Here I should make a point clear. Of course there is a spectrum of opinion among local people, and of course this spectrum varies. Some people are worried that their children will find it difficult to live here in the future – will they be able to build a house, when their children have children? Some people recognize that the wellspring of tourism is the nature, that the ‘wildness’ of the area is what people travel here to see, so it is good for us if that is protected. A surprising number of people – pretty much everyone – are concerned for our culture. Will a managed park protect our culture, or harm it? If we are not allowed to graze animals, if the stans and bjeshk are closed off inside ‘strictly protected core zones’ where no one but scientists are allowed to go, how will our culture survive? The land has shaped and formed us, just as we have shaped and formed it as we carved out our little homes – how can either of us survive without the other? Or will the Plan do enough? Will it do what we cannot do for ourselves, like put an end to the hideous rock quarry currently chewing away at our hillsides, right in the entrance to the park? Our beautiful mountains are being destroyed one tractor bite at a time, ground up and trucked away to god-knows-where, to make money for someone not from here. Will it stop the lumber trucks which rumble down the road from Cerem in the middle of the night, filled with our beautiful forests, hacked down and slashed into logs, to make money for someone not from here.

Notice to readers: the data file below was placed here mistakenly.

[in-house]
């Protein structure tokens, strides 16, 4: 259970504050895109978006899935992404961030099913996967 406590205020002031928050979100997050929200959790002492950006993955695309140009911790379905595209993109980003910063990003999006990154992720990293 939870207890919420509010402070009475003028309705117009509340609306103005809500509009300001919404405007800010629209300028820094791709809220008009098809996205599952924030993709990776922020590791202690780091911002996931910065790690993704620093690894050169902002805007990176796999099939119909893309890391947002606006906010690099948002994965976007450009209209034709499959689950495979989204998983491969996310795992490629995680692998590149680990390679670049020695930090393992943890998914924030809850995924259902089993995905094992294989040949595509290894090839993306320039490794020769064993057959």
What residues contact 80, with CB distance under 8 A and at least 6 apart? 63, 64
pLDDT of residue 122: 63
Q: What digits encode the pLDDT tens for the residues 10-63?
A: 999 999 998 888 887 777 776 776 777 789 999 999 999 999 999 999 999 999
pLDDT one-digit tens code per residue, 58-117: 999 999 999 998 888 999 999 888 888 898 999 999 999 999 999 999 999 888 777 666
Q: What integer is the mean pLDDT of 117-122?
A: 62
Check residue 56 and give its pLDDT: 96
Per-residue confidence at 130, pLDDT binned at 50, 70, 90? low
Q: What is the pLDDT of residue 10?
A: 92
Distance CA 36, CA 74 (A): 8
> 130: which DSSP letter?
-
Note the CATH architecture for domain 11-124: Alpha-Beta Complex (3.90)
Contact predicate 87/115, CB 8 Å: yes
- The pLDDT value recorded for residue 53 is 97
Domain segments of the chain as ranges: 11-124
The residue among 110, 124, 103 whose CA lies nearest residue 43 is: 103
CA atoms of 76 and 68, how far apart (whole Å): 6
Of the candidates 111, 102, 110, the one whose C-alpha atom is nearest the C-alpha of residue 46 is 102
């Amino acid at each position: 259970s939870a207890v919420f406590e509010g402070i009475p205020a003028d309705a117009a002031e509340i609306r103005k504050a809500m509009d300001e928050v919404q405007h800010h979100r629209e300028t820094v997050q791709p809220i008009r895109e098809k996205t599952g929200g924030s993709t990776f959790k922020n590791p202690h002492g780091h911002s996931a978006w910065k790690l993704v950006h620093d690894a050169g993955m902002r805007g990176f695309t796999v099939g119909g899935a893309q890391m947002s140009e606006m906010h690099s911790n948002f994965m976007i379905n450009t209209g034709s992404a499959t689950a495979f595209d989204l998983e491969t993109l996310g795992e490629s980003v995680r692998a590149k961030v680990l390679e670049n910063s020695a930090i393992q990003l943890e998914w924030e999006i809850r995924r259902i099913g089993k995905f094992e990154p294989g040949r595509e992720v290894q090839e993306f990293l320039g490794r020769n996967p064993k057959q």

ValbonaWe are a suspicious people. We find it difficult to trust outsiders. Even me, who has only been lucky enough to live here for 5 years. We are suspicious for very good reasons. Too often, things are done to us, even when they are being done under the guise of being done for us. In some ways, perhaps all of us have come to live here, because at some point someone saw it as a place where we would be left alone in peace. The Plan threatened to change all of that. Were we afraid? We were very afraid.